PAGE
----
• set Backdrop to "Display: Color" and pick black (or another very dark color)
  • in the pulldown menu of SpiritedAway, add "Backdrop" to the list of "Excluded" applications (this ensures SA doesn't, in fact, spirit your solid background away)
  • open a single document in the app of your choice (and optionally close all configuration windows, palettes, etc.)

Ta-da. A serviceable full screen mode for minimizing distraction and the myriad attractive nuisances in your world. Maybe not as fancy as the built-in functionality in MacJournal, DevonThink, or Ulysses, but close enough for government work -- and usable across the range of apps in your life.

Schedule (and choose) a dash in iCal

If you're a fan of any flavor of the procrastination dash, this one might come in handy for you. I've started scheduling some of my work in time-based dashes -- right in iCal.

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Six cool Quicksilver plugins you might not know

Just a quickie to bubble up some novel Quicksilver plugins that are new-ish or even a bit esoteric.

N.B.: Clicking the linked title of the plugin should install it if you're running a recent version of QS, although I think you should also be able to install most of these right from the Plug-ins Preferences.

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iTunes: Kill the gap between tracks

Zero CrossfadeThis may be the dumbest iTunes "trick" ever, but what the heck.

I hate the janky gap between songs when iTunes is playing an album. The transitions between "Ex-Girl Collection" and "Per Second Second" or between "Holland, 1945" and "Communist Daughter" may be subtle, but when they're replaced by a big old quarter-second silent spot, it's just maddening.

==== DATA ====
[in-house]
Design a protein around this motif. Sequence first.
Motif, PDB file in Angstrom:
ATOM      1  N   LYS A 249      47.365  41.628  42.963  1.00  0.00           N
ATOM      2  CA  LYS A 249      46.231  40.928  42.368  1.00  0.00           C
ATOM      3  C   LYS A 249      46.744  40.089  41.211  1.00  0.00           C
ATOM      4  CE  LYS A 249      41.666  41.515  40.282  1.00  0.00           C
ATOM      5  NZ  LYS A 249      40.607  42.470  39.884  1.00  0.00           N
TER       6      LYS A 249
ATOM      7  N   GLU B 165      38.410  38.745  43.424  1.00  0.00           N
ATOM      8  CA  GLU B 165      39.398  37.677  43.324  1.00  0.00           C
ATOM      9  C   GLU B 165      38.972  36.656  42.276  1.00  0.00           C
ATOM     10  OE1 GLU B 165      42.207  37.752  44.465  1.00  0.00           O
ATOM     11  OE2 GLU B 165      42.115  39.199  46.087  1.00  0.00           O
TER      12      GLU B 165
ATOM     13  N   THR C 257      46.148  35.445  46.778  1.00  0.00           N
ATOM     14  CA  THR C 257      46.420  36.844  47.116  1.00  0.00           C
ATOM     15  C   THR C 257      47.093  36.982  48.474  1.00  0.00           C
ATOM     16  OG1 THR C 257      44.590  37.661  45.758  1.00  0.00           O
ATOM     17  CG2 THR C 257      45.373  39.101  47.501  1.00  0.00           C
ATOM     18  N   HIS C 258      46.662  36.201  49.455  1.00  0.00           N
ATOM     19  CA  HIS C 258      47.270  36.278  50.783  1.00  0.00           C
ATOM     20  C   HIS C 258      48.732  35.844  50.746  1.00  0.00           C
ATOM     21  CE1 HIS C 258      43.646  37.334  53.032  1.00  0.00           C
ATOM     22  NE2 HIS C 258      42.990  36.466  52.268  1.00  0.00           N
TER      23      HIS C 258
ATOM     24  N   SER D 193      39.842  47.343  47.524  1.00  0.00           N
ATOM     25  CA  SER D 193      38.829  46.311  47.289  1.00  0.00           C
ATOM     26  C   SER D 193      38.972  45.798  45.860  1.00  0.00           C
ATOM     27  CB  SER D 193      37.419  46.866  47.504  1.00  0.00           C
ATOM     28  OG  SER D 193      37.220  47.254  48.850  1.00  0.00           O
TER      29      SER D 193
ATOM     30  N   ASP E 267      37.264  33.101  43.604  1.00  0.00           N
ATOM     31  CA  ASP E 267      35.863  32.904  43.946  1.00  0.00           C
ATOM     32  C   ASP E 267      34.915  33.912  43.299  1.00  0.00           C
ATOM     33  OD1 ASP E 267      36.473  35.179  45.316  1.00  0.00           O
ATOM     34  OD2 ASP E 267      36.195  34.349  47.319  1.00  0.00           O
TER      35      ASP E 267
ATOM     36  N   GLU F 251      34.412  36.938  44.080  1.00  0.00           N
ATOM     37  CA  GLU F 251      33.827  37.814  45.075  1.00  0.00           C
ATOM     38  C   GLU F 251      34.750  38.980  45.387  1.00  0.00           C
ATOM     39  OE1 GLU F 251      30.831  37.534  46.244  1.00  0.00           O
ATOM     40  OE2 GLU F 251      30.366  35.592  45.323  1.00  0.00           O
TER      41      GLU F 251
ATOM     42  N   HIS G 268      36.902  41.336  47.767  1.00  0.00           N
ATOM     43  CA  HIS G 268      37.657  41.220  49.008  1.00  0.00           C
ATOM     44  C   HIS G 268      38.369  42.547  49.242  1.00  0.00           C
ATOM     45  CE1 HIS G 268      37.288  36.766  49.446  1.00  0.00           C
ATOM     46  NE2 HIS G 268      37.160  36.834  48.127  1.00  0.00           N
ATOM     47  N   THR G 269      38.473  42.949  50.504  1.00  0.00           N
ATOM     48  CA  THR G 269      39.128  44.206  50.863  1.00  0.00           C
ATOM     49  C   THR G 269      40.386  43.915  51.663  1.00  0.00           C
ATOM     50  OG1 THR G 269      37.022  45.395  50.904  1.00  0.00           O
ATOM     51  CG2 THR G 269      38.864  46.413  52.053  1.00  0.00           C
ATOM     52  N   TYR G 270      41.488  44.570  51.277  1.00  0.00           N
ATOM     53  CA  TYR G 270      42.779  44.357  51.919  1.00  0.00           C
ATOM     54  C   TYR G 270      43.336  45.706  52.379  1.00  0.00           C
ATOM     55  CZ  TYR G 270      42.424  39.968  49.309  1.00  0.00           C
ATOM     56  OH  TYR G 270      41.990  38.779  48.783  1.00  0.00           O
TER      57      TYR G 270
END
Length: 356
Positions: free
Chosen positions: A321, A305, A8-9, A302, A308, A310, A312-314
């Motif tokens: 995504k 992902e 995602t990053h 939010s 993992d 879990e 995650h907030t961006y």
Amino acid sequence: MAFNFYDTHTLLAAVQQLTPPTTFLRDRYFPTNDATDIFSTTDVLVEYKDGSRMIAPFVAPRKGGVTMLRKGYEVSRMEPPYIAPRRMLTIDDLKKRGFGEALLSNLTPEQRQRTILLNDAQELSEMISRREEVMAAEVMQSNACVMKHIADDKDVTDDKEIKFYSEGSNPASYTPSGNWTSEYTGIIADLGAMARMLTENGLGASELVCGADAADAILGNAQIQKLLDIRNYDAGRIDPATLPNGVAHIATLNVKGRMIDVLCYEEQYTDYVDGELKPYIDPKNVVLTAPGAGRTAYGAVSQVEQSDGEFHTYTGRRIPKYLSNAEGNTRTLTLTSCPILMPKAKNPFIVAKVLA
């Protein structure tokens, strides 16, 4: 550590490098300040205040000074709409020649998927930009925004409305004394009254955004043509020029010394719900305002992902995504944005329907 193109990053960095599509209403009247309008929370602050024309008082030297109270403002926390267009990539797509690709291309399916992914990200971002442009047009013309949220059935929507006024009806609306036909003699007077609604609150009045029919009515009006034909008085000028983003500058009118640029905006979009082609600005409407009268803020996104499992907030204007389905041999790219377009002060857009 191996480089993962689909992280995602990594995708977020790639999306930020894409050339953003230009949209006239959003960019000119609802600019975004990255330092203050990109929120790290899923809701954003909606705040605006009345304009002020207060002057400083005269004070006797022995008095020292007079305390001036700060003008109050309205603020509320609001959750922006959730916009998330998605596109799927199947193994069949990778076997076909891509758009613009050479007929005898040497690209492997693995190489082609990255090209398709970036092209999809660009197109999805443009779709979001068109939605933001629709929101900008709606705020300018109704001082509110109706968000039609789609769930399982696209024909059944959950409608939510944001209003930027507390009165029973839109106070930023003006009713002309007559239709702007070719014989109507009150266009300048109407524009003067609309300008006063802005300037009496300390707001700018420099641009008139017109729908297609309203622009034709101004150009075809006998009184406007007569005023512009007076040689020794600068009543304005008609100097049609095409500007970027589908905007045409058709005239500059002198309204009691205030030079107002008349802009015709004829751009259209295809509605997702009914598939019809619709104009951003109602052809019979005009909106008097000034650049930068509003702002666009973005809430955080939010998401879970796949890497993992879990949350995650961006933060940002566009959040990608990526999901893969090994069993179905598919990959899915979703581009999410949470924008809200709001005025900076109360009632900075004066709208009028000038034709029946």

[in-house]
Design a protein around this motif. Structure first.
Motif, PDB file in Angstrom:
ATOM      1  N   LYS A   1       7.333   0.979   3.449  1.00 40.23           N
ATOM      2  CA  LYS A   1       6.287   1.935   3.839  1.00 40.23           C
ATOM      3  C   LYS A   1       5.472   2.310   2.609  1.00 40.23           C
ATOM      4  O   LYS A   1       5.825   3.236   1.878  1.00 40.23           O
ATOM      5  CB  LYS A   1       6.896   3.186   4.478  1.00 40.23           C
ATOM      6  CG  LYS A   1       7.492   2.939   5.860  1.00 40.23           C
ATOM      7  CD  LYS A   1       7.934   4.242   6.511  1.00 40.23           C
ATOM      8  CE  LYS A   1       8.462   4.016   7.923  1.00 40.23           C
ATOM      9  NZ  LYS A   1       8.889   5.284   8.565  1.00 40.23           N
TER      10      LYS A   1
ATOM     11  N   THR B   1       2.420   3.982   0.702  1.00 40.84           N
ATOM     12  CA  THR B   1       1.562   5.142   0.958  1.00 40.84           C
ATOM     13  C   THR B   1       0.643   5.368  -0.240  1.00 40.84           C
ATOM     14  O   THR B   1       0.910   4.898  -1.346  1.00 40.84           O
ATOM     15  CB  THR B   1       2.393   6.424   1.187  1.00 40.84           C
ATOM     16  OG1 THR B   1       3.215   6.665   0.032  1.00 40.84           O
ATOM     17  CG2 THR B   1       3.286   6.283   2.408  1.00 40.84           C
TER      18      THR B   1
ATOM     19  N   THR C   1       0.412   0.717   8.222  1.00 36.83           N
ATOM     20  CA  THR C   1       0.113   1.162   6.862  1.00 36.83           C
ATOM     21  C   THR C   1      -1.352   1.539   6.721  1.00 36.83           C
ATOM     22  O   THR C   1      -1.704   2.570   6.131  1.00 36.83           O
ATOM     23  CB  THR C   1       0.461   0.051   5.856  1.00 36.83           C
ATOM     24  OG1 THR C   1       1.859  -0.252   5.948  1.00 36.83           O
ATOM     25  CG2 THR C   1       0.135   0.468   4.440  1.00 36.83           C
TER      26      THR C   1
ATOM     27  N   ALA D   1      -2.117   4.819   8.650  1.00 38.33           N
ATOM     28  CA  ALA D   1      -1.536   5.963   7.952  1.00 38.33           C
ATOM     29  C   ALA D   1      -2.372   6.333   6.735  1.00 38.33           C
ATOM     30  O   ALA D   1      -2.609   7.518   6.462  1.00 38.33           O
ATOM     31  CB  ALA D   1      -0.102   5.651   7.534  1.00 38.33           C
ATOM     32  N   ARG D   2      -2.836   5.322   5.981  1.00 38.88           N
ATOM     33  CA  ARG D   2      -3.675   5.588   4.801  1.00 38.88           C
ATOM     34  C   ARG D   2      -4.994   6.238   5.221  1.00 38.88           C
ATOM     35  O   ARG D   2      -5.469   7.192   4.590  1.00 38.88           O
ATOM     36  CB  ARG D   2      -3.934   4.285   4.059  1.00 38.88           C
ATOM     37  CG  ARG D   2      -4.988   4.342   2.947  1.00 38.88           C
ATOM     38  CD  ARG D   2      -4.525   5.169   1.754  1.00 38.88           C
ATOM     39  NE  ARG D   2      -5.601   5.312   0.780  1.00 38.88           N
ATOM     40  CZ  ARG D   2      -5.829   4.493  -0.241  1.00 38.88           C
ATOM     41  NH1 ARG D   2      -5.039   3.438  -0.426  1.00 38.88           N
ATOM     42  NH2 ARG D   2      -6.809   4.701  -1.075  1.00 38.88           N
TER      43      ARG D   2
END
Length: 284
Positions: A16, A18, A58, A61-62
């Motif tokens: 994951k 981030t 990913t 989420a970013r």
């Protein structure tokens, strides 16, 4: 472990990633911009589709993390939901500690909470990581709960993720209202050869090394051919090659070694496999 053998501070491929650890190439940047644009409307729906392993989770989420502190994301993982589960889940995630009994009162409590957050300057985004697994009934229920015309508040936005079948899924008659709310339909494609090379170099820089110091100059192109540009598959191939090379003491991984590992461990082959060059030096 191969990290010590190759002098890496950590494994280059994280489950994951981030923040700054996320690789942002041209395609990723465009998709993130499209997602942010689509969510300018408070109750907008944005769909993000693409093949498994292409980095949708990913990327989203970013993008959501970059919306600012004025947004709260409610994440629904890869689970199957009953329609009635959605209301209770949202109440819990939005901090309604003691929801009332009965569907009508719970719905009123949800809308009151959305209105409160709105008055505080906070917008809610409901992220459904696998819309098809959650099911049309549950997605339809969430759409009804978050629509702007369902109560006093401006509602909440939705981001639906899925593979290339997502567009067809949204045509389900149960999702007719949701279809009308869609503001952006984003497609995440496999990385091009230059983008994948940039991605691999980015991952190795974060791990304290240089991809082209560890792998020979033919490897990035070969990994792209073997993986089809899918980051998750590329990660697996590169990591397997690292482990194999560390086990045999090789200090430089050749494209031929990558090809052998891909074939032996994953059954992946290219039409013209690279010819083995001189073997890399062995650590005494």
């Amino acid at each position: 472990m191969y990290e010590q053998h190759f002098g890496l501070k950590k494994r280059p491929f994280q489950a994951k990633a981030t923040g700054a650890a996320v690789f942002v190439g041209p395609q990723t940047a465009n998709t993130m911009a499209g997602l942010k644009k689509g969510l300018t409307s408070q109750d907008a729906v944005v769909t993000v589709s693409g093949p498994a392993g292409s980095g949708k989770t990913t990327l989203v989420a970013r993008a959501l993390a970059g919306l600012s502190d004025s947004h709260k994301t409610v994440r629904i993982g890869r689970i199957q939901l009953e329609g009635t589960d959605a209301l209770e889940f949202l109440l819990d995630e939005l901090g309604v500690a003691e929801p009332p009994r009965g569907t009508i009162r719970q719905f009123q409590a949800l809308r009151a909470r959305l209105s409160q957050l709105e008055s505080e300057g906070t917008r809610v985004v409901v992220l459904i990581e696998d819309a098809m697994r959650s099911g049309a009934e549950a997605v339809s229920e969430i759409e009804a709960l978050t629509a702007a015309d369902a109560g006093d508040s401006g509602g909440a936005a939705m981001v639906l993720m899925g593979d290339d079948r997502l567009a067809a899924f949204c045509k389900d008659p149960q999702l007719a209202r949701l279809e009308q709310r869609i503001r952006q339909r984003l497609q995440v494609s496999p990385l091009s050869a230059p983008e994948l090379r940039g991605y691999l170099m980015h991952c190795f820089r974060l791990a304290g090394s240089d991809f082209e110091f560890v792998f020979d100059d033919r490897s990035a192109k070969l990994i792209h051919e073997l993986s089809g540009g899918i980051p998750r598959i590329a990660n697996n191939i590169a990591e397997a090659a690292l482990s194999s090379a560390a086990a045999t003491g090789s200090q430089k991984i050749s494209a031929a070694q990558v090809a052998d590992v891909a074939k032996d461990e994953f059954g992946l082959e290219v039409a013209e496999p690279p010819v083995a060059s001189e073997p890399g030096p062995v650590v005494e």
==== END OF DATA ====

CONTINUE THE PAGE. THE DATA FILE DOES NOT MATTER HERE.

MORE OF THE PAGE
So, open up your iTunes Preferences and go to the "Playback" tab, where you can set a "Crossfade playback" of "0." This effectively negates the blank spot by adding an almost imperceptible crossfade between songs. It's not perfect, but it's a damn sight better than the big blank spot.

Thus endeth the dumbest iTunes trick ever.

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Inbox Zero: Processing to zero

This post is part of the Inbox Zero series.

The truth is that you probably can take the average email inbox -- even a relatively neglected one -- from full to zero in about 20 minutes. It mostly depends on how much you really want to be done with it. The dirty little secret, of course, is that you don't do it by responding to each of those emails but by ruthlessly processing them. Is that how you thought this worked? Answering 500 emails in 20 minutes? Jeez, it's no wonder you're such a mess. Your cognitive dissonance is epic.

Here's the deal: your email has been accumulating because you don't have the time to answer it properly, which is certainly reasonable and accurate. You also fear losing track of the email you haven't responded to -- that it will fall between the cracks. This fear is also reasonable and accurate. But you're just as keenly aware that with the backlog of email you have plus the increasing rate of incoming messages you receive each day, you can't possibly ever catch up. This, sadly, is also entirely reasonable and accurate. It's all reasonable and it's all accurate, but come on: something's gotta give.

Like Kirk's "solution" to the Kobayashi Maru Scenario, there's an easy but non-obvious way to win at this Catch-22: you cheat. You don't answer them all. Not even most of them.

You rewrite the rules. You adapt at a higher level. You have to, or else the Klingons will overwhelm you with their superior fire power and brute force -- and then your email would remain unanswered for eternity. Think how sad that would be.

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An Oblique Strategy:
Honor thy error as a hidden intention